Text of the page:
Join Date
    Feb 2004
    Posts
    651

    Depends on your riding style...

    I'm a big fan of eggbeaters in general (they're on all my bikes- even my road ride). As far as the ti spindle is concerned, I've had no problems, but I know a guy who bent a spindle on his. While his weight is about the same as yours, he's friggin nuts; too fast for his hadling skills and absolutely fearless, so I'm not surprized he messed one up. However, even his lasted over two years.

    Basically, I imagine the pedals are suitable for a 200lb mild-mannered rider, but may not be for a 160lb crazy hack. If you fall somewhere in between, you'll probably be just fine following the weight recommendation by crank bros. If you have the cash and want the extra weight savings, go for it. Crank Bros is awesome about replacing stuff, and they'll bend before they break anyway, so you'll probably be pretty safe all around.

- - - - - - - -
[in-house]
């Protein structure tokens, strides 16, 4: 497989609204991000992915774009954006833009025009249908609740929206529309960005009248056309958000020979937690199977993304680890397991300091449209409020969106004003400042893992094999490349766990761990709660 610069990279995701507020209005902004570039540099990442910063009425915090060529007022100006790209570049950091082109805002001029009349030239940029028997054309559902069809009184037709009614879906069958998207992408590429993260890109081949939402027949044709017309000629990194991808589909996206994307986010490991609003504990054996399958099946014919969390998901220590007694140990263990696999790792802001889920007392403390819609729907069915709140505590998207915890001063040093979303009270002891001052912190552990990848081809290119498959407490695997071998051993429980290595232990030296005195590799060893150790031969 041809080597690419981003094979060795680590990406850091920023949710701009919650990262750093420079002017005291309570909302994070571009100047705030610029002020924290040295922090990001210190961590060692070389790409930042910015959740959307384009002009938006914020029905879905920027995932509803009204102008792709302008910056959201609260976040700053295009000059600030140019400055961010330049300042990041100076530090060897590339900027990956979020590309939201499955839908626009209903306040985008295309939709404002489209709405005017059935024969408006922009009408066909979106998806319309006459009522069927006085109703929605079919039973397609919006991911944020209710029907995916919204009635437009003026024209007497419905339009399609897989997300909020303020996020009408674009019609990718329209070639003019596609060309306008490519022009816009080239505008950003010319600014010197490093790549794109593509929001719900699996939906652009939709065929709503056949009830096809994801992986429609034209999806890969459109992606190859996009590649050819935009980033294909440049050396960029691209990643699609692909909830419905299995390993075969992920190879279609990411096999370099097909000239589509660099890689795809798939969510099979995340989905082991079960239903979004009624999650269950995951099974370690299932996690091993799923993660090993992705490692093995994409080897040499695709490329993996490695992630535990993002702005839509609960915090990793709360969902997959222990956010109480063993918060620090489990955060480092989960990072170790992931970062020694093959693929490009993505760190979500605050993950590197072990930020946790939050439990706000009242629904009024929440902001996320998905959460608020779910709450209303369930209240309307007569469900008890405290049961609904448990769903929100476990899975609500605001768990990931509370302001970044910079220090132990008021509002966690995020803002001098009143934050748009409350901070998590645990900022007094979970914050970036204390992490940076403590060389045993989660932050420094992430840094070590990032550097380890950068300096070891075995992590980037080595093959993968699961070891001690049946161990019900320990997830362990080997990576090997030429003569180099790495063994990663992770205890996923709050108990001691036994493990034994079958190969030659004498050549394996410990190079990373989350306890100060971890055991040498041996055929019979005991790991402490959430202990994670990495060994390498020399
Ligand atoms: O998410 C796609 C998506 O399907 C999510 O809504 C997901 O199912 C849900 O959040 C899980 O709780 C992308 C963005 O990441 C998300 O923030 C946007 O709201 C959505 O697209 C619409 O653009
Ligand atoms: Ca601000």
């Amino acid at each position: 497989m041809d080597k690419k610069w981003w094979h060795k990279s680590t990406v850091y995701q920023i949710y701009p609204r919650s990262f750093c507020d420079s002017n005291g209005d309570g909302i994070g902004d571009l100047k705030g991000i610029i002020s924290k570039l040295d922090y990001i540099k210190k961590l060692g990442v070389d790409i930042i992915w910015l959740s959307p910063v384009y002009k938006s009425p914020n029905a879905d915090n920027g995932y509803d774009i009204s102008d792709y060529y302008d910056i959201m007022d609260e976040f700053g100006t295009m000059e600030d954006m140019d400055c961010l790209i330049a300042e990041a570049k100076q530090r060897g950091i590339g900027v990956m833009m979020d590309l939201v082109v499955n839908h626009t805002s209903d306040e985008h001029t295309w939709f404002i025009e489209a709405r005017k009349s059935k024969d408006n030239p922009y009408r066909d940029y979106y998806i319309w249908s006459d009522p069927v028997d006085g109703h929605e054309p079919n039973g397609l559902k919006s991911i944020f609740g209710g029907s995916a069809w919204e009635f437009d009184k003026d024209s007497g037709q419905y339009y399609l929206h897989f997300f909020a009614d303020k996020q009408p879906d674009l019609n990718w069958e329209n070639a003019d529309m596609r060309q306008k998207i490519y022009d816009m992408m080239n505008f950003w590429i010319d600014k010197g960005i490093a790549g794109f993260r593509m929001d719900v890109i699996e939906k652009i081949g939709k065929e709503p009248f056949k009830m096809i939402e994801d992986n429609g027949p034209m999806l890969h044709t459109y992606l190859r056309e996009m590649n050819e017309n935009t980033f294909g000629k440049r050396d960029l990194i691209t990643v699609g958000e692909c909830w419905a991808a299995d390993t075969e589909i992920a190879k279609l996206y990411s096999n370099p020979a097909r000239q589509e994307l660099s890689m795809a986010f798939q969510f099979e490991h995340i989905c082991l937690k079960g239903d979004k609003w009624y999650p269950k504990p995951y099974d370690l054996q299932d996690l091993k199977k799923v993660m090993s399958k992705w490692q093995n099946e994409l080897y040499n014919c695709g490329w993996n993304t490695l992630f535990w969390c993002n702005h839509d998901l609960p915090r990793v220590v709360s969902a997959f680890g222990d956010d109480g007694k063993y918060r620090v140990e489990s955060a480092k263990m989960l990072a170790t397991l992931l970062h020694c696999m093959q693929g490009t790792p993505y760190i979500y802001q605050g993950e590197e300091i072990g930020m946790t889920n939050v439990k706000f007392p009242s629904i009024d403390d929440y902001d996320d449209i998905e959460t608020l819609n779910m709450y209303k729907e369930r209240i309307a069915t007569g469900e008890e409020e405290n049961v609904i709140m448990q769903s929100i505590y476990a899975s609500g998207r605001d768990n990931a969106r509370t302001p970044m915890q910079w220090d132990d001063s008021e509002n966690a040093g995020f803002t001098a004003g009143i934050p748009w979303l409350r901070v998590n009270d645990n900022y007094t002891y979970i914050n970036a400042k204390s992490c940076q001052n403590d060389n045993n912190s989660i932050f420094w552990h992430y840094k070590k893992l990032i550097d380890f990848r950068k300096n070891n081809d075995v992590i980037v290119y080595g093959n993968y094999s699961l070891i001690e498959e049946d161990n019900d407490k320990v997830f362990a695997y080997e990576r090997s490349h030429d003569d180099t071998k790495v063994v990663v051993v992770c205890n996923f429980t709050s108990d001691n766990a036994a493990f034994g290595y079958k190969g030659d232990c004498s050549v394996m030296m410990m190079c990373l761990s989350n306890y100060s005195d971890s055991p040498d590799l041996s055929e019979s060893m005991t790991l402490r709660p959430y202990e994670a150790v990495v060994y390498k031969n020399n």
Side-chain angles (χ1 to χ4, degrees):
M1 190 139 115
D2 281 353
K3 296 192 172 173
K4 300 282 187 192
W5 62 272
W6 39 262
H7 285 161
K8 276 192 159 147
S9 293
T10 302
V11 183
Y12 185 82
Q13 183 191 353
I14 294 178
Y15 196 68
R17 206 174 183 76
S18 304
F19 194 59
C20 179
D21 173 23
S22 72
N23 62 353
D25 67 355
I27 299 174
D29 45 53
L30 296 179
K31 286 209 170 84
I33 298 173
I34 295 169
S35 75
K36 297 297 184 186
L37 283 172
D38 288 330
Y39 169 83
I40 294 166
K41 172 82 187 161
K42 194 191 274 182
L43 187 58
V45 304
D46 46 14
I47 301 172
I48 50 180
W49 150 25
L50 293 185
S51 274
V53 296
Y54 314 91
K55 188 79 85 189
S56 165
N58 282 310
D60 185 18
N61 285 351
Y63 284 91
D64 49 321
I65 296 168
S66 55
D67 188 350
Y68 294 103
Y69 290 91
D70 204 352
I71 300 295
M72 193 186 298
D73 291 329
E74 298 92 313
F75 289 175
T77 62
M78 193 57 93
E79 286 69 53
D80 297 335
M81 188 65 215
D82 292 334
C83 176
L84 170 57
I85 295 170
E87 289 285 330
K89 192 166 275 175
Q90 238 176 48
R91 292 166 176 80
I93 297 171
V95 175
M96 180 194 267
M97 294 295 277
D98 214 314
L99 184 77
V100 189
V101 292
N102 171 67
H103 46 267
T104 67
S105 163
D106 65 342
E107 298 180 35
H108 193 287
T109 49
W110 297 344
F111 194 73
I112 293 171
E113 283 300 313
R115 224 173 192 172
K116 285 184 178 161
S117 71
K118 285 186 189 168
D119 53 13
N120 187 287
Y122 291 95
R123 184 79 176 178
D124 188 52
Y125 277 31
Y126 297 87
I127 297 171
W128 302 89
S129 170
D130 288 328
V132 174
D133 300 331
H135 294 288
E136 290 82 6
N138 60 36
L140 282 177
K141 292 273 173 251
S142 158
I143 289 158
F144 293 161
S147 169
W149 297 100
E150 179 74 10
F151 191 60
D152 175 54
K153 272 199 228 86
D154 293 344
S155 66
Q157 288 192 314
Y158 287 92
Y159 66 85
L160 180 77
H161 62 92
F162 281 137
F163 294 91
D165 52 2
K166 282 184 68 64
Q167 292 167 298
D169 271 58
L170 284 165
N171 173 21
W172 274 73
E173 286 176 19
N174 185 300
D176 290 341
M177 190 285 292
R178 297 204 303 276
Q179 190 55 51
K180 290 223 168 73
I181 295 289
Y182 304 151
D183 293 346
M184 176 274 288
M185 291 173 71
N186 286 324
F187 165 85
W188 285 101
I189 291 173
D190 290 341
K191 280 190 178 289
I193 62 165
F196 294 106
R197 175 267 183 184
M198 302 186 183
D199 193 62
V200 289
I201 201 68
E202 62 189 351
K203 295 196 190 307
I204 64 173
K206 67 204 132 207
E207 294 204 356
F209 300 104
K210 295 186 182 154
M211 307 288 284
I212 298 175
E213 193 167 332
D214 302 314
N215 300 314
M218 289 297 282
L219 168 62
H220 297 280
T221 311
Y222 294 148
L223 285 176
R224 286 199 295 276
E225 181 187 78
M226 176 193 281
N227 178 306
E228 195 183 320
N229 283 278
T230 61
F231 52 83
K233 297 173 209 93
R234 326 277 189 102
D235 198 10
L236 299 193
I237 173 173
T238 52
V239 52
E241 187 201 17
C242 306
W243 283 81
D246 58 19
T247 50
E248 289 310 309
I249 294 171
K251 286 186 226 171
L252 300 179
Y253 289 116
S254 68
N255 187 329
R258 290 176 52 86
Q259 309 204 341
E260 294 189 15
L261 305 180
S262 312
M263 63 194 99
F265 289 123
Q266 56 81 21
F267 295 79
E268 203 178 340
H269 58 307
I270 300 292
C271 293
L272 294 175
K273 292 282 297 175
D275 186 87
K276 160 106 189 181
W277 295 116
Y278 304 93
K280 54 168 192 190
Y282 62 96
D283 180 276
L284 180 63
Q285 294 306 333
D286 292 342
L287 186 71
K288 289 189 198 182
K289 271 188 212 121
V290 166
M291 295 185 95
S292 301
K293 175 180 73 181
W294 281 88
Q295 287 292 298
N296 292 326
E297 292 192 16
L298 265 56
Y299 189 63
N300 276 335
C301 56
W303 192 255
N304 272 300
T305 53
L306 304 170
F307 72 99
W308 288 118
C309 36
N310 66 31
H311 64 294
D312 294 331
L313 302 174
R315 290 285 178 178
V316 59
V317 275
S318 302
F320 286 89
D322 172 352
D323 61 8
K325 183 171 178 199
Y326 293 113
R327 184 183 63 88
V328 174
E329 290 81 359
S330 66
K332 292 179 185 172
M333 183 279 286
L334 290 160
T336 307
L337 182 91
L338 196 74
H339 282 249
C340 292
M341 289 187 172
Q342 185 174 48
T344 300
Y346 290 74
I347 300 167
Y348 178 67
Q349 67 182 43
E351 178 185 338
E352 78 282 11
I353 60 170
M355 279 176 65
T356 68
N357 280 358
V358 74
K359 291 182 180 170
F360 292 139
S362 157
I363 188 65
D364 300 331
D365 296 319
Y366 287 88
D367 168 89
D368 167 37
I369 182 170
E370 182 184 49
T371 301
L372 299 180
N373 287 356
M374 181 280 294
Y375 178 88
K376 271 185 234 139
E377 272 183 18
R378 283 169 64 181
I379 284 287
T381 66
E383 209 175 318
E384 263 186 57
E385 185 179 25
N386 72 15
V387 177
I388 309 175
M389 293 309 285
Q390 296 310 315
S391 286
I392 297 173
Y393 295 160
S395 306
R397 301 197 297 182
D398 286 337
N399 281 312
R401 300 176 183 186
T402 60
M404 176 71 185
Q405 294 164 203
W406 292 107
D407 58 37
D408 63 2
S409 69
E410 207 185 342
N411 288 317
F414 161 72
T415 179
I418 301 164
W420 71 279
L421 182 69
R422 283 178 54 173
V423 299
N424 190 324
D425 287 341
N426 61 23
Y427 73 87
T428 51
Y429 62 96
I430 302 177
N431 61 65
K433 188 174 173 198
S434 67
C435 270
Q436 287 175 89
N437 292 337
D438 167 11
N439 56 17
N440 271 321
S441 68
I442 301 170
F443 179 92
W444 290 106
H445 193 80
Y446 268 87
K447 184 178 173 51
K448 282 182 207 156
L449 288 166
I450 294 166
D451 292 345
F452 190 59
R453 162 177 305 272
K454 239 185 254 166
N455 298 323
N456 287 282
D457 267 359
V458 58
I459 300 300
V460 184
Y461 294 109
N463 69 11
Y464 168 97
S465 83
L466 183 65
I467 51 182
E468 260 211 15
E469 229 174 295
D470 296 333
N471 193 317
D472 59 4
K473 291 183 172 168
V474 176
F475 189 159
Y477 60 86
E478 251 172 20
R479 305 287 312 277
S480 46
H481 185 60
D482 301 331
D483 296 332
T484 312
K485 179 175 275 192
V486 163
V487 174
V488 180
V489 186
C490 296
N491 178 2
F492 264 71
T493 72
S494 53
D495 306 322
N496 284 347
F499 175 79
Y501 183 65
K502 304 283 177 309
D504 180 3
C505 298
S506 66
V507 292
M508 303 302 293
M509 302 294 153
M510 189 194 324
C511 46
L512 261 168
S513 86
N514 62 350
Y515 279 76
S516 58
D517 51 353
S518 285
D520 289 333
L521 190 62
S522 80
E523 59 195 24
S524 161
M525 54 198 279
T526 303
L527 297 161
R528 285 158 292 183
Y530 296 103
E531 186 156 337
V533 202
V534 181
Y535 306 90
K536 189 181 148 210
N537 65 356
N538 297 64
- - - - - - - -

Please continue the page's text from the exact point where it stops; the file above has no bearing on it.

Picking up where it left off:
A hardtail is forever

  7. #7
    mtbr member
    Reputation: Lost81's Avatar
    Join Date
    Dec 2004
    Posts
    116
    So is it the general consensus that the Egg-Beaters Triple Ti are better pedals than the Shimano M959?

    I have shimano M515 on my touring bike, M747 on my Specialized M2.
    Going to the Egg Beaters for my Merlin Mountain will mean I need to get another pair of cycling shoes.
    I want to be really sure before changing to a completely different platform.

    Thanks.


    -Lost81

  8. #8
    bike weenie
    Reputation: RWGreen's Avatar
    Join Date
    Dec 2004
    Posts
    568
    Weight wise, eggs win no contest - but at a hefty price (triple ti). In dry conditions... I still prefer how Shimano pedals feel clipping in and out. Where there's mud - eggs over the 959s. Hard to say one's definitely better IMO.

  9. #9
    Tech geek and racerboy
    Reputation:
    Join Date
    Feb 2004
    Posts
    651

    Different, yes... better for some

    Quote Originally Posted by Lost81
    So is it the general consensus that the Egg-Beaters Triple Ti are better pedals than the Shimano M959?